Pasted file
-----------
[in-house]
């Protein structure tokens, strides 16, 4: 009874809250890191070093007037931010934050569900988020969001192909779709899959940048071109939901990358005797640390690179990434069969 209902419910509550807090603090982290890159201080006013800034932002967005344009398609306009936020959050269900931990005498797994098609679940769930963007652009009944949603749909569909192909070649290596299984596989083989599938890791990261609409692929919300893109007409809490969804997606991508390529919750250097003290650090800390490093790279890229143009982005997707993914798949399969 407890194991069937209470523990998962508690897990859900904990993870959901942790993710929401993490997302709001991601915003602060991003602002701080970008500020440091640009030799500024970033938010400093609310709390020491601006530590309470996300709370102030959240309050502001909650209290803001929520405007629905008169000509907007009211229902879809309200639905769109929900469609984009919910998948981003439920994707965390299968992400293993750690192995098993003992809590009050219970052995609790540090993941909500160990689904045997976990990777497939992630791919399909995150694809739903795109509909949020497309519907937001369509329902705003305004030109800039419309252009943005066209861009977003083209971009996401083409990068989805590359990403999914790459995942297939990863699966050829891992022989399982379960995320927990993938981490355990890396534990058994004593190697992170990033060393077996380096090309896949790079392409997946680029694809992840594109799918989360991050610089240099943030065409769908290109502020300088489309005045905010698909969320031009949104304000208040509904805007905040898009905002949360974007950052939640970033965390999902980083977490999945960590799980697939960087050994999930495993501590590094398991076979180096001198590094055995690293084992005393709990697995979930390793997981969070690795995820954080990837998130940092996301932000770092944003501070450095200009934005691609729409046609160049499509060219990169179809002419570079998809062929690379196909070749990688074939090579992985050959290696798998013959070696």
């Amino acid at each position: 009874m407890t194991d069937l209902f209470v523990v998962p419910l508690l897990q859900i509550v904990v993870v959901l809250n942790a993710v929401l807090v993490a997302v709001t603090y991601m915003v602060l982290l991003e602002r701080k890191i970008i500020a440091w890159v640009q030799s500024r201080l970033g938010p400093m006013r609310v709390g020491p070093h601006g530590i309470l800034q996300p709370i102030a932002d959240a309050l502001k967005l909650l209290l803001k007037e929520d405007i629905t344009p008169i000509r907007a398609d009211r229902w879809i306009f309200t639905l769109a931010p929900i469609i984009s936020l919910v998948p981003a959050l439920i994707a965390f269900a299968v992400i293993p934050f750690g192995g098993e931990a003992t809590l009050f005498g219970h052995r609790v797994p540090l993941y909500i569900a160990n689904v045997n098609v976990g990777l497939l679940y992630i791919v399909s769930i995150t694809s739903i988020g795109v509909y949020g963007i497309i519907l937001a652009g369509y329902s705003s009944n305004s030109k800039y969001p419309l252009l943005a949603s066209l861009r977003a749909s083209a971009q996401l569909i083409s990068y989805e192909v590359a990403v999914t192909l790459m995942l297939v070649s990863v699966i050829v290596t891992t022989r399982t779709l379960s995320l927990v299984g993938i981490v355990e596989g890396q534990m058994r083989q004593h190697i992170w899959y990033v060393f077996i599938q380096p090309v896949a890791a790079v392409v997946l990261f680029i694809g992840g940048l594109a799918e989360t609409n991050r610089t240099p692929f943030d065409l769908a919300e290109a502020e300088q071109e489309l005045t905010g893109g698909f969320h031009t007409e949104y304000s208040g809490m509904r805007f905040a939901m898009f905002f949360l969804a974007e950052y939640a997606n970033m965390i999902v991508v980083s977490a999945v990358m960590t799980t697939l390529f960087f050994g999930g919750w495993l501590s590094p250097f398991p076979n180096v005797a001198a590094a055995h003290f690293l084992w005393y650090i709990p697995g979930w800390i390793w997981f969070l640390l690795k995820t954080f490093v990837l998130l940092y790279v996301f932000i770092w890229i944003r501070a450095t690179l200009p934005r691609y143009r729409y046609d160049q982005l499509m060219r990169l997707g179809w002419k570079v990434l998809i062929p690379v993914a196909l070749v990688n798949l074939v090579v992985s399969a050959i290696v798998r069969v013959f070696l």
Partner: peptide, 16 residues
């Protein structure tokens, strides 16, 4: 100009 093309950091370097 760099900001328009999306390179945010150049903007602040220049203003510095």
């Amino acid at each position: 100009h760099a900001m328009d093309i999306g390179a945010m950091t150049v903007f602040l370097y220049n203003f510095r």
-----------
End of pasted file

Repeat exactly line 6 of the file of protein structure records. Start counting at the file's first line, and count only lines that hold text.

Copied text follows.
């Amino acid at each position: 100009h760099a900001m328009d093309i999306g390179a945010m950091t150049v903007f602040l370097y220049n203003f510095r």